“Taking one step at a time” works in most areas of finance. If you are in debt and want to get out, it’s wishful thinking to do it overnight unless you suddenly come into money, which is unrealistic. Instead, putting a little bit towards it on a regular basis will cut down or eliminate your debt. Again, it’s not exciting to do it that way, but it’s achievable – and more realistic than waiting to win the lottery or for Great-Aunt Sophie to pass on and receive an inheritance from her.

Want to learn about finances and investments? Don’t do it all at once. The meaning of bonds, interest rates, IRAs, 529s, and mutual funds will get all mixed up if you try to learn it all at once. No one becomes a financial expert overnight. Pick a topic that you are interested in such as saving for retirement, and read up on it. Learn the terms and talk to people about it (or read this blog!). Once you are comfortable, move on to the next topic. As you put into practice what you learn, step-by-step, you will become knowledgeable about finance.

Very few people get rich quickly. Even those that make huge salaries often spend all they make. But those who are successful financially are mostly the ones who took things one step at a time. They saved one dollar at a time, chipped away at their debt little by little, learned about investing slowly, until they woke up one day 20 years later to realize they had gotten rid of their debt, accumulated hundreds of thousands of dollars, and knew a bit about what they were doing. If you want to build up your savings, pay off debt, or just learn about finance, then it will take time. Reading books, talking to people, and saving a little bit at a time will get you where you want to be financially. In other words, slow and steady wins the race, folks.

In Real Life (IRL) – I started thinking about this post when I saw this question posed on a forum I frequent. While I was 32 when I bought my first house, I had saved quite a bit of money by the time I was 30 and was ready to buy one earlier. As I’ve mentioned in the past, I had a good start in life, but I did not inherit thousands of dollars or have a super, high-paying job. In fact, my first job out of college, I was making under $20,000 exactly 20 years ago. But until I was about 30 years old, I saved on rent by living with friends. This allowed me to put away a few hundred dollars per month that I wouldn’t have had if I lived on my own. Yes, after a while it got old, and I was ready to branch out on my own. But by sacrificing privacy for a few years, I was able to build up a large deposit to put toward a house for the long-term.

Even as a finance major in college, I didn’t learn a lot about personal finance in school. I knew what a bond was and how interest rates are calculated, but I was never taught by any teacher about how to build up savings for myself or how to invest my own money. But I learned from family and friends in baby steps. After being comfortable with money in savings accounts and CDs, I took the baby step of investing in a mutual fund – where I could potentially lose the principal (the money I put in). Did I put all of my money in there? No. Did I just pick one out of the thousands out there? No. I talked to friends and family. I read up on a few different ones, and then I slowly made my way into real investments with a small dollar amount. As I became comfortable month after month putting a small dollar amount in there, I gradually started putting more into the fund and expanding into other funds. I did it slowly and methodically until the point where I am very comfortable with this type of investing.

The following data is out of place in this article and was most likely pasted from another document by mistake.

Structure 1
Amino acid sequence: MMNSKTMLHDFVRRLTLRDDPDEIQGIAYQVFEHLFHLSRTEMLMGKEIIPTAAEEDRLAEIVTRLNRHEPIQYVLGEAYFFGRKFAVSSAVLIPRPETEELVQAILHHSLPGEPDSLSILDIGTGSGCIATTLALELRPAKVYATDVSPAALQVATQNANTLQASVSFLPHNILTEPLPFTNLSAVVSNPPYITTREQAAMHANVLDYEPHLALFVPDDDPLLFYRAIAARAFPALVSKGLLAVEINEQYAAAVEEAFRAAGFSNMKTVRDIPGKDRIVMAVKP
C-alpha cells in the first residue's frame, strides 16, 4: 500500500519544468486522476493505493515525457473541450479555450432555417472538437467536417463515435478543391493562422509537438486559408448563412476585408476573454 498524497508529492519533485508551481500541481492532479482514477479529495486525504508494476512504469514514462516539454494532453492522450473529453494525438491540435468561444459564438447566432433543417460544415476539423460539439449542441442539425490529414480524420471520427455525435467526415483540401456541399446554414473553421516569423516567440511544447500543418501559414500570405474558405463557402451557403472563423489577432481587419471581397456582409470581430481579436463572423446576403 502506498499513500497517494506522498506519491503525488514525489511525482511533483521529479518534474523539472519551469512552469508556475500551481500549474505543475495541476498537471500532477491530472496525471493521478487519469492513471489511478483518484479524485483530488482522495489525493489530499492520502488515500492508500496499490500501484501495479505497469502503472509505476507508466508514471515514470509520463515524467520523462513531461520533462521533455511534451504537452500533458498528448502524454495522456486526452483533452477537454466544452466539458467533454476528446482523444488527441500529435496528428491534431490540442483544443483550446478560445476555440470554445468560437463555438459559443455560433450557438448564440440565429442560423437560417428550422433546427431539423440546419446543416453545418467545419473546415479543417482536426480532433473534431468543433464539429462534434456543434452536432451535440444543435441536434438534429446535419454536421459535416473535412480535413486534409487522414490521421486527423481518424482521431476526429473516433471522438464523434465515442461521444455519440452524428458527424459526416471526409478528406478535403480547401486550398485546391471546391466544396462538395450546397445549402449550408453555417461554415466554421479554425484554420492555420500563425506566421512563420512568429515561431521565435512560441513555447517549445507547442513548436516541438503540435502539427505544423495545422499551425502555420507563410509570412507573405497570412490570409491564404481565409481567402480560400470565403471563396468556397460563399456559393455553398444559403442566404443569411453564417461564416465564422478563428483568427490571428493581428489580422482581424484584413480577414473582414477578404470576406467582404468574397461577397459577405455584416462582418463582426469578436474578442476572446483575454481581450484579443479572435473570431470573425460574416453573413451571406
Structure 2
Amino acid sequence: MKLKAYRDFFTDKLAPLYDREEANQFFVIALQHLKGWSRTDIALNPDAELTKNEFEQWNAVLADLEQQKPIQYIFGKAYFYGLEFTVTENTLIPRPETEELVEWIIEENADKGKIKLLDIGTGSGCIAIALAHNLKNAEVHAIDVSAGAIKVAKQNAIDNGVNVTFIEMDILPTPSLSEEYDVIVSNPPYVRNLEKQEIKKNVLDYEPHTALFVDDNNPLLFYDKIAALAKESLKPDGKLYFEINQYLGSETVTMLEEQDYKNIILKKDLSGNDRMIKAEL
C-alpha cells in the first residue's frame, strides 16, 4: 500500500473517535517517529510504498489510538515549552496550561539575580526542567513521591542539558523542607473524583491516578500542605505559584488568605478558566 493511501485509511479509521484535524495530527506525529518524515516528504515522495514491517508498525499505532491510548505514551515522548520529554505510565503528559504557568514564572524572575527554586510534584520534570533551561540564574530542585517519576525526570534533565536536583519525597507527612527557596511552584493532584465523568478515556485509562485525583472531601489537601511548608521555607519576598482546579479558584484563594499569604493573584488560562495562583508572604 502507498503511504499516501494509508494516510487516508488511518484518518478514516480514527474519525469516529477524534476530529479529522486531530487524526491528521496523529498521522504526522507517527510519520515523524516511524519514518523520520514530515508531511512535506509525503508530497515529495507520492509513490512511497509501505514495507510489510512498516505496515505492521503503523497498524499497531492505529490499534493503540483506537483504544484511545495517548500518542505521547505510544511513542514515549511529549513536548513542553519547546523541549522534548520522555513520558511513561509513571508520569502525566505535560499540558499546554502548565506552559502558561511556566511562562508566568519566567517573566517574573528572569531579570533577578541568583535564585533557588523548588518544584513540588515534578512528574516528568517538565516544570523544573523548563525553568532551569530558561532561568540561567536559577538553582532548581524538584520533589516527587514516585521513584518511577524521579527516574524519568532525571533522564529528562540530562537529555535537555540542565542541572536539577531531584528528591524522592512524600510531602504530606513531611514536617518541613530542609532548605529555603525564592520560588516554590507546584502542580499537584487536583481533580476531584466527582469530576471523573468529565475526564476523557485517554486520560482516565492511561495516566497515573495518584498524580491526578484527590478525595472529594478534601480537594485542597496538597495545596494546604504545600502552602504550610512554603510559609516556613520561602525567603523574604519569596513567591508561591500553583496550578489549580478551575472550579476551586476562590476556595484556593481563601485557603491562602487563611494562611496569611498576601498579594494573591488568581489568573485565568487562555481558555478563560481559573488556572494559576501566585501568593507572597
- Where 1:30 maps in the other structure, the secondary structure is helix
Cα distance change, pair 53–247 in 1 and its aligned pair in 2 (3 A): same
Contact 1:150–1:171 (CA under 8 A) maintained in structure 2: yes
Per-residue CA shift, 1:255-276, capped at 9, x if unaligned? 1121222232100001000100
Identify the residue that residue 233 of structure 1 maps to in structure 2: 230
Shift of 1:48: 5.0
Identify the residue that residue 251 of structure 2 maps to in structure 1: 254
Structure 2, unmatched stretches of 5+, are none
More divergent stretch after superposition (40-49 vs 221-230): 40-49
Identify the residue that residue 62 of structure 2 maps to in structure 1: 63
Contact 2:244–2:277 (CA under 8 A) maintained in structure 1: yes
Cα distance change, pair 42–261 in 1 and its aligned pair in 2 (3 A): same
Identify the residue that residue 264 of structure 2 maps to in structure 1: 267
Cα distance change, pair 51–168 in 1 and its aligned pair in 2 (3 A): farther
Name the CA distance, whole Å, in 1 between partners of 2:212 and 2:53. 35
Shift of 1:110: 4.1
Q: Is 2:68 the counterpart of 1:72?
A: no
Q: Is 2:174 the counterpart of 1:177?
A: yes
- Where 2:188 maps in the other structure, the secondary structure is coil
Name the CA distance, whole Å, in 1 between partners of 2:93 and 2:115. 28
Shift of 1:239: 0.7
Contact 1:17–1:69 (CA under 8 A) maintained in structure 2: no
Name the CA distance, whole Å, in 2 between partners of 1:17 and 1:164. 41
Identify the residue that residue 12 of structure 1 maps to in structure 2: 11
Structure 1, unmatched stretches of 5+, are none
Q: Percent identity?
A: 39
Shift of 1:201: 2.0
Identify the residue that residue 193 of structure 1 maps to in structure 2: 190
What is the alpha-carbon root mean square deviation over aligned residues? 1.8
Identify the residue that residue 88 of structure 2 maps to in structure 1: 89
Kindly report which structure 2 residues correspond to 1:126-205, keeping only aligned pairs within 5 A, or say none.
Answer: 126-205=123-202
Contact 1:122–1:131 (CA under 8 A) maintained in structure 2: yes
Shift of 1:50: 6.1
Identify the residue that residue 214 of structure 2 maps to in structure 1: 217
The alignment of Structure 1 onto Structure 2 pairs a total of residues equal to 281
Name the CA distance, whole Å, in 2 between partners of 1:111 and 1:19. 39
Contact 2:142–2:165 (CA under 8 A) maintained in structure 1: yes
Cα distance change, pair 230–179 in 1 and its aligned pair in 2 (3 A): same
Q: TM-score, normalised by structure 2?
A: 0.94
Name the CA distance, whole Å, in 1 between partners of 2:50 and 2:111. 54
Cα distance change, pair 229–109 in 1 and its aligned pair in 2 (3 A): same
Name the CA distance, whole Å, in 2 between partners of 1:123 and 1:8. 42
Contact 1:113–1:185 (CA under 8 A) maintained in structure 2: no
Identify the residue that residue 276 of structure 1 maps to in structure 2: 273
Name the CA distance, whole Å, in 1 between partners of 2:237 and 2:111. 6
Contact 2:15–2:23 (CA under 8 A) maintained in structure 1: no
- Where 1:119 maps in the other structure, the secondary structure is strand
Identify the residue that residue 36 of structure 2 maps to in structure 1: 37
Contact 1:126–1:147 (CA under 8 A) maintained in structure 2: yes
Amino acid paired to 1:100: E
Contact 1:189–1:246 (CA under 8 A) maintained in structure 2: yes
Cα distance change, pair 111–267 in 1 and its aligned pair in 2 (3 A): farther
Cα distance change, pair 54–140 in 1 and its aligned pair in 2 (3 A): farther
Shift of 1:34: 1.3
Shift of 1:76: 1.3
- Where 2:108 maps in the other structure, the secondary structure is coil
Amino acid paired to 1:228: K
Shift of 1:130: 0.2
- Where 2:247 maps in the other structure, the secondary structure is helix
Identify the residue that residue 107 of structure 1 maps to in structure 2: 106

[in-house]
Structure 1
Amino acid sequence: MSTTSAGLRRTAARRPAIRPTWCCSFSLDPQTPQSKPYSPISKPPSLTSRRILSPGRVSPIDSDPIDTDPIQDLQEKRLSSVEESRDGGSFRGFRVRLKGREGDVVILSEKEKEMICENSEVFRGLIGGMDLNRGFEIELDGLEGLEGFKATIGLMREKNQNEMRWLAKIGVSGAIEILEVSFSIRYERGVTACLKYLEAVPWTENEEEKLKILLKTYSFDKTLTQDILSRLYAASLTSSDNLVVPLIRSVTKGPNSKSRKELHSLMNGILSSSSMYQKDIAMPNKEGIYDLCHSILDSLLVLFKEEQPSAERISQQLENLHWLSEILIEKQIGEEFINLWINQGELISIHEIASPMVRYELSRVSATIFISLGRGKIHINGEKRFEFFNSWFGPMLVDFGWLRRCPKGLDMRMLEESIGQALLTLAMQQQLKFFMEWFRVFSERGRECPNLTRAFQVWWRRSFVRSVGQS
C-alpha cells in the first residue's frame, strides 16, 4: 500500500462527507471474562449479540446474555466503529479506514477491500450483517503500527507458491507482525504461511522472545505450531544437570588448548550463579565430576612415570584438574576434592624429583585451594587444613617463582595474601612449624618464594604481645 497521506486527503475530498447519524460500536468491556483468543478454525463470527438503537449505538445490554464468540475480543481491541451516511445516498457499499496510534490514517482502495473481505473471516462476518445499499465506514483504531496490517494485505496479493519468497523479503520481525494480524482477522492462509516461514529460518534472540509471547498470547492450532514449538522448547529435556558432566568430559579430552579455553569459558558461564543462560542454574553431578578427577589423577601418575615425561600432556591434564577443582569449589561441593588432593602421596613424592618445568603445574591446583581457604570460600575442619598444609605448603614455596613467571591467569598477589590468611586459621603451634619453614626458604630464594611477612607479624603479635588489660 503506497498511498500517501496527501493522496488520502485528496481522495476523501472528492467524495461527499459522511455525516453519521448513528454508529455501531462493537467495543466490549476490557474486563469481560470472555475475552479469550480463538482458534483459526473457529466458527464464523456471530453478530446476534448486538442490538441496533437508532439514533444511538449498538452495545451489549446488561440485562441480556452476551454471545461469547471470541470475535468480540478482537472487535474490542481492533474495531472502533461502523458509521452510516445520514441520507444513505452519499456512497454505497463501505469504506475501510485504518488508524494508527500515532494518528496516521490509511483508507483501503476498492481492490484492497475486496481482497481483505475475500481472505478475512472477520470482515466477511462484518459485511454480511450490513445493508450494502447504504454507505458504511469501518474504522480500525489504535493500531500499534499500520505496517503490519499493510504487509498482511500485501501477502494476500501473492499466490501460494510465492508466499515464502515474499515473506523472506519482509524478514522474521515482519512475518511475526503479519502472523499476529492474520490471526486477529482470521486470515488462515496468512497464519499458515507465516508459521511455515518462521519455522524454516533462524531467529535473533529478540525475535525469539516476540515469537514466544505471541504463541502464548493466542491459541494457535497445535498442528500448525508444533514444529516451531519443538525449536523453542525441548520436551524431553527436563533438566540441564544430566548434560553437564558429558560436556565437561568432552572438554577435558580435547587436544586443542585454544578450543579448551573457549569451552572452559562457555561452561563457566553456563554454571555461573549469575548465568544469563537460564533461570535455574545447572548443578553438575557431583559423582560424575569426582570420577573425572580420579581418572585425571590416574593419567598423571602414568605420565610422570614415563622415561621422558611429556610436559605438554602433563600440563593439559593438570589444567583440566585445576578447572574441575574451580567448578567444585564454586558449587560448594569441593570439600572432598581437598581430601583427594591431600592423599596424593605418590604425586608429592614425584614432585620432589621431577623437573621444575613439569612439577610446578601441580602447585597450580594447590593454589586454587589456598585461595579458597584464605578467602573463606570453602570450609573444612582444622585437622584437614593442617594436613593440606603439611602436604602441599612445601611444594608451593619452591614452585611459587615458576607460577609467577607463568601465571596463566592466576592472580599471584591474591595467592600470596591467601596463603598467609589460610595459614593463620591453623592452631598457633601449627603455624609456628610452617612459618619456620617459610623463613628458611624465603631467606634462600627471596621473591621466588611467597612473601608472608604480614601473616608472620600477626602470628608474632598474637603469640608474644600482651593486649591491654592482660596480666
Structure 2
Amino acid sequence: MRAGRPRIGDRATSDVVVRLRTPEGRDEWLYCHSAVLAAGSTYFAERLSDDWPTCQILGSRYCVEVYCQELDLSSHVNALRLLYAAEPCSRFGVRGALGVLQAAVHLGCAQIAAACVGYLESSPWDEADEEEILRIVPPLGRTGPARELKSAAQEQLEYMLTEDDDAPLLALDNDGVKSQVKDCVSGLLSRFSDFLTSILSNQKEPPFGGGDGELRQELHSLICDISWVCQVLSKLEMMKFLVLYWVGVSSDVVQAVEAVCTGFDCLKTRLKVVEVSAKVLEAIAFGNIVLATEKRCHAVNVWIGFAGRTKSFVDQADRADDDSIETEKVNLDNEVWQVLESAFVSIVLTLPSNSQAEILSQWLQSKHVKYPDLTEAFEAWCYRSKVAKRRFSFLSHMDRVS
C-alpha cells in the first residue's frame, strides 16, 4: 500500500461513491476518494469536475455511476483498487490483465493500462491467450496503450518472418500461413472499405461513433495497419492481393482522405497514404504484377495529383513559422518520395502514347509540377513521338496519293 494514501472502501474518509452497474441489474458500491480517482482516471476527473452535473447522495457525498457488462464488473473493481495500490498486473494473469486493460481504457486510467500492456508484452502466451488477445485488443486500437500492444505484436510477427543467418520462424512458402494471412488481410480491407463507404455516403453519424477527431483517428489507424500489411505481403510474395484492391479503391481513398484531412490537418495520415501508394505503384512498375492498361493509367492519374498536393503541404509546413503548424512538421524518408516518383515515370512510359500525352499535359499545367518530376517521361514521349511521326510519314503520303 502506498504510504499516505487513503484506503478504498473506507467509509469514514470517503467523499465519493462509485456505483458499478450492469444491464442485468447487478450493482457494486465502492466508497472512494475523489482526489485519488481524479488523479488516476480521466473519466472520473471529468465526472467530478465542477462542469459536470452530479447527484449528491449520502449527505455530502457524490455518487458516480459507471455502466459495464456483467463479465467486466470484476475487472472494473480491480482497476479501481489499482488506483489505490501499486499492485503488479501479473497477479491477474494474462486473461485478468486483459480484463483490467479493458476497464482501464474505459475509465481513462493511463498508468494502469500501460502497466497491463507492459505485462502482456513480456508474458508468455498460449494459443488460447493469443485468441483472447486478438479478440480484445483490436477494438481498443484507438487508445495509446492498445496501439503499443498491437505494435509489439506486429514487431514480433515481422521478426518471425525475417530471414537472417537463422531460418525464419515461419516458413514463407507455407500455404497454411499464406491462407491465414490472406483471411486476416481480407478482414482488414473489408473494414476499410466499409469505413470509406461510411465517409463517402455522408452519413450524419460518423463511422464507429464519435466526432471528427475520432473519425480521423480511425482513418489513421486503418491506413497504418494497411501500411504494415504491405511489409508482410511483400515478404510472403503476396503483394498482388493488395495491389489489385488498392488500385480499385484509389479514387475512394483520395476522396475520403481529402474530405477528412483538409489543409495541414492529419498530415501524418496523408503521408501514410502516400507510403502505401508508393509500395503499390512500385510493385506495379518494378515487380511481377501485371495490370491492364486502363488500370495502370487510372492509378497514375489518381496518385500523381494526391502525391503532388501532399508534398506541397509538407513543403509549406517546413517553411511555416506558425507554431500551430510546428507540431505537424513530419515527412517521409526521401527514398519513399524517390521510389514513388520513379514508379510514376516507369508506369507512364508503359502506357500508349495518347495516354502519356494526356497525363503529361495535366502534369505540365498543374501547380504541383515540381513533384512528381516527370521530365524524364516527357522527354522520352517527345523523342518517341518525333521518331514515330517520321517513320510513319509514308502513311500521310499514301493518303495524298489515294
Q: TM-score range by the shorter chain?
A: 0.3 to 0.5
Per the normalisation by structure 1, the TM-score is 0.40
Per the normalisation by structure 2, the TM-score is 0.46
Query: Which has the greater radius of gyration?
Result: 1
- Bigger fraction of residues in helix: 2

Similarly when I was ready to invest in individual stocks, I joined an investment club, where people pool small sums of money together to create a bigger pot and buy more stocks in order to diversify or not have all of our eggs in one basket, or stock. By entering the stock world with others who were more knowledgeable than I, I was able to ease into this world with my hand held. Once I became comfortable, I started buying stocks on my own. It was a slow process that took me about 3 years before I got to that point. And yes, I made some mistakes but not as many as I would have made if I started buying stocks hastily. Again, slow and steady wins the race. Time goes by fast and before you know it, your money has built up and you have learned a few things about finance and investing over the years just by taking it one step at a time. For posts about frugal living so you can help reach your financial goals, check out Frugal Friday.

Thursday, July 9, 2009

Update on Plan, Plan, Plan

After I posted yesterday about planning and shared my lack of planning for my parents' 50th anniversary gift, I decided I really didn't think I got such a good deal on the digital photo frame that I bought at Target for them, and that it really wasn't exactly what I wanted (too small, wrong color, etc). So I went online again and checked the local stores' websites a second time. I saw a frame at Wal-Mart's website that looked promising and got good reviews, and I saw a couple of nice ones at Microcenter. So I had my husband return the original one to a Target near his office, and then he stopped at Wal-Mart to check out what they had. He said there was nothing good in the store. So, on the way to dropping my daughter off at camp, I stopped at Microcenter and saw one of the ones that I liked online. And, to sweeten the deal, it was on clearance because the box was beat up. I ended up spending only $10 more for a frame that was much bigger than the one I originally bought at Target. I am much happier with my purchase, and will take my own advice next time and plan ahead for my gifts and other big expenses. Now I'm off to find a dress.

Wednesday, July 8, 2009

Plan, Plan, Plan